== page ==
Three storm chasers, including well-known tornado researcher Tim Samaras, were killed in the latest violent storm to hit Oklahoma.

Samaras, 55, his 24-year-old son Paul, and fellow storm chaser Carl Young, 45, died while tracking a tornado on Friday night near El Rino.


Tim Samaras studied tornadoes for several years and did work for the Discovery Channel. (Stormchasers Wikia)

The storm front is responsible at least 14 deaths from tornadoes and flash floods in Oklahoma, Arkansas and Missouri.

Ten people, including two children, were killed in the western suburbs of Oklahoma. Eight of the victims were on roads that were crowded with people trying to escape the howling winds.

Gov. Mary Fallin on Sunday said the death toll could rise as emergency workers search for missing  people. She said 115 people in the state were injured in the storm.

A powerful EF-5 tornado that struck Moore, Okla. killed 26 people on May 20.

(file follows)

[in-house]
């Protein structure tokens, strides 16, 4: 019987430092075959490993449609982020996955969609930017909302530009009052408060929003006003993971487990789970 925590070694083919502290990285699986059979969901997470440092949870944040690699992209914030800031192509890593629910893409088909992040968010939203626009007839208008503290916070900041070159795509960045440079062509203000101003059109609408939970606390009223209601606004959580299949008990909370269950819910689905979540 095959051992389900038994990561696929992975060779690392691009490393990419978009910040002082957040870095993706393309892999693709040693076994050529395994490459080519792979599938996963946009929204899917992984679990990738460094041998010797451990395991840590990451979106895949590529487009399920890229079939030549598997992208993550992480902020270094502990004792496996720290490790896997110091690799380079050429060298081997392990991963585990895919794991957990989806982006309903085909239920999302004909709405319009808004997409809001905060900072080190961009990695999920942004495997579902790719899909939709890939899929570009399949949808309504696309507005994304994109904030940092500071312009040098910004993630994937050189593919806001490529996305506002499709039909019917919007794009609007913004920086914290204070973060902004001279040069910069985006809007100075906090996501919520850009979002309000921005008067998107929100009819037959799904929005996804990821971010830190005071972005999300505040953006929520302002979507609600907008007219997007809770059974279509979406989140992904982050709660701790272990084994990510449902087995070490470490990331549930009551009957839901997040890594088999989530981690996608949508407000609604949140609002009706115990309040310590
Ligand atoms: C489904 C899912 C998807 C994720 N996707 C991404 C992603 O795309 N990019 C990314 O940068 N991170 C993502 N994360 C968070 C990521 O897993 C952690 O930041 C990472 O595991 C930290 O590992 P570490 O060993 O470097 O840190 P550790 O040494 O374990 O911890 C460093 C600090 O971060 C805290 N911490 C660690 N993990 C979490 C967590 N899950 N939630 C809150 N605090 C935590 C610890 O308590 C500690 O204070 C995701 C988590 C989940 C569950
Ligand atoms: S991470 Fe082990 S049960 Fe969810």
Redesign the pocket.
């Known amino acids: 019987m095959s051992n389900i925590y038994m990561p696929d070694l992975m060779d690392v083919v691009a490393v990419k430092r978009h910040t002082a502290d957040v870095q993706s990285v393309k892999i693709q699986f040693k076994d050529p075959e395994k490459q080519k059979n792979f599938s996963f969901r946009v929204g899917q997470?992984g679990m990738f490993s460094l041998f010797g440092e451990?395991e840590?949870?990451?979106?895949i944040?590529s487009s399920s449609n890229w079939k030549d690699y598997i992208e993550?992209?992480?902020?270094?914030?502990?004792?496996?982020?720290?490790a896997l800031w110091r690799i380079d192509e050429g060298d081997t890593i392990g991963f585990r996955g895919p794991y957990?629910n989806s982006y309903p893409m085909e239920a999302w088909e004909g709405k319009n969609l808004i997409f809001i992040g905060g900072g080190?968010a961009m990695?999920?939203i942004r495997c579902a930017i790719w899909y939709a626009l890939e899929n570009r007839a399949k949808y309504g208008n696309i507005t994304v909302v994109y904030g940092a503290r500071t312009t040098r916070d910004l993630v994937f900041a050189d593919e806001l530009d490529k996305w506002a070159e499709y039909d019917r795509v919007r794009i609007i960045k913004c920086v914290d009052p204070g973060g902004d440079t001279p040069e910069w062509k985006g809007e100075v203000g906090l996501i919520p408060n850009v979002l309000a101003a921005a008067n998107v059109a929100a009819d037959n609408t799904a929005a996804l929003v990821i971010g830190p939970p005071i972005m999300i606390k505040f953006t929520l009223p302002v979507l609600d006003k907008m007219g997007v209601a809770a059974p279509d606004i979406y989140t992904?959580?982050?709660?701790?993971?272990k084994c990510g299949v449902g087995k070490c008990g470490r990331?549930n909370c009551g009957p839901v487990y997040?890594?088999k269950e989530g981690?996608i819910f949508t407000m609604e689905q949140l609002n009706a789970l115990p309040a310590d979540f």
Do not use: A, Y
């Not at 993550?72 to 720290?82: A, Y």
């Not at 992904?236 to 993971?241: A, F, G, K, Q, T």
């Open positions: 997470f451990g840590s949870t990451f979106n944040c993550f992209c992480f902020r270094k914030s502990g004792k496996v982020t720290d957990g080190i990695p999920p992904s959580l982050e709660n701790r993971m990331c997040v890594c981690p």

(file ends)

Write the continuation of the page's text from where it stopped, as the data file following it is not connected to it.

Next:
Samaras' brother, Jim Samaras, said on his Facebook page that Tim died doing what he loved and that "Carl and Tim were the best of friends."

The storm chaser had worked with National Geographic Channel and the Discovery Channel, presenting data from severe storms collected with equipment he had a hand in designing.

"We are deeply saddened by the loss of Tim Samaras, his son Paul, and their colleague Carl Young. Our thoughts and prayers go out to their families," Discovery Channel spokeswoman Laurie Goldberg said.

The exact circumstances of their deaths are not clear, but it appears they were killed in an EF-3 tornado that struck 55 kilometres west of Oklahoma City.

Canadian weather journalist chaser Greg Johnson of Regina, whose truck was struck by debris during one of the Oklahoma tornadoes, knew Samaras.

"Tim was the type of person who was without ego. He was in it for the science. He's been doing it for 30 years and he was widely recognized as the Wayne Gretzky of storm chasing," Johnson told CBC News.

The violent weather system responsible for Friday's tornadoes expected to hit the U.S. East coast on Sunday. Forecasters say Washington, D.C. to northern Maine could be hit with hail and high winds, although a tornado is possible.

With files from The Associated Press